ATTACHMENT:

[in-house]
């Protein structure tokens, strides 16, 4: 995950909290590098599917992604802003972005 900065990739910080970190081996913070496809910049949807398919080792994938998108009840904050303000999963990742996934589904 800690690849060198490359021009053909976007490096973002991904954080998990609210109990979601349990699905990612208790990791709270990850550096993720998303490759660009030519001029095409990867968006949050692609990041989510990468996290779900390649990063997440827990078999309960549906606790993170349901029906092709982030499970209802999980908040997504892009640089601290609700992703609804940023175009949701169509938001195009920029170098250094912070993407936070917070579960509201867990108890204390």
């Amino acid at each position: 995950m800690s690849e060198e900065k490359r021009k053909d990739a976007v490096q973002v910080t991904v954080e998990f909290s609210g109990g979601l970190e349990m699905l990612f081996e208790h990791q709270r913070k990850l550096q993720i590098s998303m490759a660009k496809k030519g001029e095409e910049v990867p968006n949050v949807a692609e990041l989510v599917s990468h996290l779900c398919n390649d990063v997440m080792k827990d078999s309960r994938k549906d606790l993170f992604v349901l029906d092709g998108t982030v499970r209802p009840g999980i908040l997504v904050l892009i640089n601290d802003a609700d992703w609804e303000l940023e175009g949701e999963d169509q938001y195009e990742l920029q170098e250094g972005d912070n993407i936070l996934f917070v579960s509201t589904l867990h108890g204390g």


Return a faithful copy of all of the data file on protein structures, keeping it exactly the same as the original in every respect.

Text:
[in-house]
């Protein structure tokens, strides 16, 4: 995950909290590098599917992604802003972005 900065990739910080970190081996913070496809910049949807398919080792994938998108009840904050303000999963990742996934589904 800690690849060198490359021009053909976007490096973002991904954080998990609210109990979601349990699905990612208790990791709270990850550096993720998303490759660009030519001029095409990867968006949050692609990041989510990468996290779900390649990063997440827990078999309960549906606790993170349901029906092709982030499970209802999980908040997504892009640089601290609700992703609804940023175009949701169509938001195009920029170098250094912070993407936070917070579960509201867990108890204390």
């Amino acid at each position: 995950m800690s690849e060198e900065k490359r021009k053909d990739a976007v490096q973002v910080t991904v954080e998990f909290s609210g109990g979601l970190e349990m699905l990612f081996e208790h990791q709270r913070k990850l550096q993720i590098s998303m490759a660009k496809k030519g001029e095409e910049v990867p968006n949050v949807a692609e990041l989510v599917s990468h996290l779900c398919n390649d990063v997440m080792k827990d078999s309960r994938k549906d606790l993170f992604v349901l029906d092709g998108t982030v499970r209802p009840g999980i908040l997504v904050l892009i640089n601290d802003a609700d992703w609804e303000l940023e175009g949701e999963d169509q938001y195009e990742l920029q170098e250094g972005d912070n993407i936070l996934f917070v579960s509201t589904l867990h108890g204390g």